How do foreign historians see Poland?
Agnieszka Konik-Korn talks to Prof. Dr. Andrzej Chwalba, Chairman of the Organisational Committee of the Congress.
AGNIESZKA KONIK-KORN: Professor Chwalba, how did the idea of the congress originate?
PROF. ANDRZEJ CHWALBA: The idea to organise a meeting of historians coming from various countries, who deal with Polish history, originated in 2004, during the 17th Congress of Historians, which was held in Krakow. During one of the discussions (which resulted in the book 'O nas bez nas' [About Us Without Us] with several hundred participants we realised that histories of other countries, both in the East and in the West, lacked a reliable and full picture of Polish history. The debate was so vigorous that we decided to invite scholars of Polish history from all over the world to Krakow in order to meet, share our experiences and compare research methods applied in various countries. This was to be the time of extremely interesting international dialogue.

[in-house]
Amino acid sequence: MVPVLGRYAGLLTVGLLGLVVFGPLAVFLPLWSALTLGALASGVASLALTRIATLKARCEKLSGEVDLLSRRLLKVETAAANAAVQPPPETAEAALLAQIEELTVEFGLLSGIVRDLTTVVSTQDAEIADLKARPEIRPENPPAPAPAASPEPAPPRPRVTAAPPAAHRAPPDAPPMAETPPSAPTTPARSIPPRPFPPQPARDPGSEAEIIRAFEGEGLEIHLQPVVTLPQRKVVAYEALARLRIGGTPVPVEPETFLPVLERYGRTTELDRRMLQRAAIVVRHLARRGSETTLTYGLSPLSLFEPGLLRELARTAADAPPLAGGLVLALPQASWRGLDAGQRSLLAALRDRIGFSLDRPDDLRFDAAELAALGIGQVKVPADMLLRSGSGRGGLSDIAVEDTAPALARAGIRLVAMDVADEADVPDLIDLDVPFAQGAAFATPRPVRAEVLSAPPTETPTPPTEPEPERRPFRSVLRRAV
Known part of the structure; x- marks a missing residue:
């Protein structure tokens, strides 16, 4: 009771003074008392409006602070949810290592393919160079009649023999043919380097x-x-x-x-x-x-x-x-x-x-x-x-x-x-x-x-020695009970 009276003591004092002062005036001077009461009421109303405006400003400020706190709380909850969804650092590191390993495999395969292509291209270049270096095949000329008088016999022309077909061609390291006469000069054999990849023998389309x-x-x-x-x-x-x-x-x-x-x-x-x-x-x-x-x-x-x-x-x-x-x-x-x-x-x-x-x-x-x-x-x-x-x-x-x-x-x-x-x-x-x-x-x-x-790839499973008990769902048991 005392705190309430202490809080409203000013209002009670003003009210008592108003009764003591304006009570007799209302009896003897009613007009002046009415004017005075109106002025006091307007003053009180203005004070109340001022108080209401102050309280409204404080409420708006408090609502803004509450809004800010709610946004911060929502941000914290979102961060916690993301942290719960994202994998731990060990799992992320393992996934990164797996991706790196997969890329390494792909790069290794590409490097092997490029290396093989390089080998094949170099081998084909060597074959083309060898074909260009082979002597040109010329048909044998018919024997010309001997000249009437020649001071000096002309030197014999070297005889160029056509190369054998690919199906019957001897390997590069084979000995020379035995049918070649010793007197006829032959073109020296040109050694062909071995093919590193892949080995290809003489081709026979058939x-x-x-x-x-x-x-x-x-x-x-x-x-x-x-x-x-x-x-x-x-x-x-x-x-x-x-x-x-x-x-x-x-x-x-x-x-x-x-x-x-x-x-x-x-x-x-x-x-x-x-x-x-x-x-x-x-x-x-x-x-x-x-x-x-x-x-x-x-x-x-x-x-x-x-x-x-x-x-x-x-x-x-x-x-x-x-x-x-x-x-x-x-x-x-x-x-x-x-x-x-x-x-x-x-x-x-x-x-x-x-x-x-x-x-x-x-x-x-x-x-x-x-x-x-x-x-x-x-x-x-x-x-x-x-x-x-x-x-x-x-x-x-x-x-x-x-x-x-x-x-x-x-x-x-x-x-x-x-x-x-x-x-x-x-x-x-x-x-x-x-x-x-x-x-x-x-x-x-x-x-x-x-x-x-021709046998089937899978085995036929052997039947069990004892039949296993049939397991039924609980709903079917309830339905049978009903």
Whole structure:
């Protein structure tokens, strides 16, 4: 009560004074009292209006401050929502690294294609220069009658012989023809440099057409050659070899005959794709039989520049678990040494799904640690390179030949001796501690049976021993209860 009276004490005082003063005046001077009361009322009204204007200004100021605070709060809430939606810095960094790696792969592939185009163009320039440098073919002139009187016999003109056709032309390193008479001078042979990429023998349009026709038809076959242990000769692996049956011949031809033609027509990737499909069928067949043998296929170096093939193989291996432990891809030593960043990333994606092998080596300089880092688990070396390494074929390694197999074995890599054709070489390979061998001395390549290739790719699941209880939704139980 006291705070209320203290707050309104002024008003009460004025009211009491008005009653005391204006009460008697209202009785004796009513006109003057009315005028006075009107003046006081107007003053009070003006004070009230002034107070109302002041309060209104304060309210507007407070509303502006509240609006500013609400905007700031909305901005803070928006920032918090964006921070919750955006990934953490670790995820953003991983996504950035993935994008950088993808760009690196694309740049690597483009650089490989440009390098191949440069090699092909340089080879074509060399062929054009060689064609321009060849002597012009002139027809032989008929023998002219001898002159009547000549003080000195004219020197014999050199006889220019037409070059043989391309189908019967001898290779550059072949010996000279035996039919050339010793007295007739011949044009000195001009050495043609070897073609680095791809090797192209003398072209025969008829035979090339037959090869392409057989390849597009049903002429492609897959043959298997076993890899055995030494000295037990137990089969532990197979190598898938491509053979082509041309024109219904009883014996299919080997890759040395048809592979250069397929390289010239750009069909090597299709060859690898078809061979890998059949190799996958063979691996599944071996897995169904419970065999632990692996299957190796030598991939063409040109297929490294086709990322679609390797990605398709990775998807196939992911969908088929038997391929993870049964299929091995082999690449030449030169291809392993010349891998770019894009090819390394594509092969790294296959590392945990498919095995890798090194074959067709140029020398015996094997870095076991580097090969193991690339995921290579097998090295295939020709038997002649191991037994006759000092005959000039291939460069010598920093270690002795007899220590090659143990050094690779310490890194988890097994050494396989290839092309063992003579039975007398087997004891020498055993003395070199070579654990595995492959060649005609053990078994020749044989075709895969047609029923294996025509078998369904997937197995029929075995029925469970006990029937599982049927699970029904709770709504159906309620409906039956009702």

The first step to organise a congress was to make a list of people dealing with some chosen topics concerning Polish history. That list expanded to include about 1,000 people who received our invitations. Over 400 researchers, junior assistants and professors, from 40 countries responded to our invitation. There were also about 300 guests from Poland.
It is worth stressing that the Congress was an important national event because the President of the Republic of Poland became its patron, and he sent a special address to the participants of the Congress. Kazimierz Michal Ujazdowski, Minister of Culture and National Heritage, came for the last day of the Congress. That shows the unique character of our enterprise.
- What were the objectives of the Congress?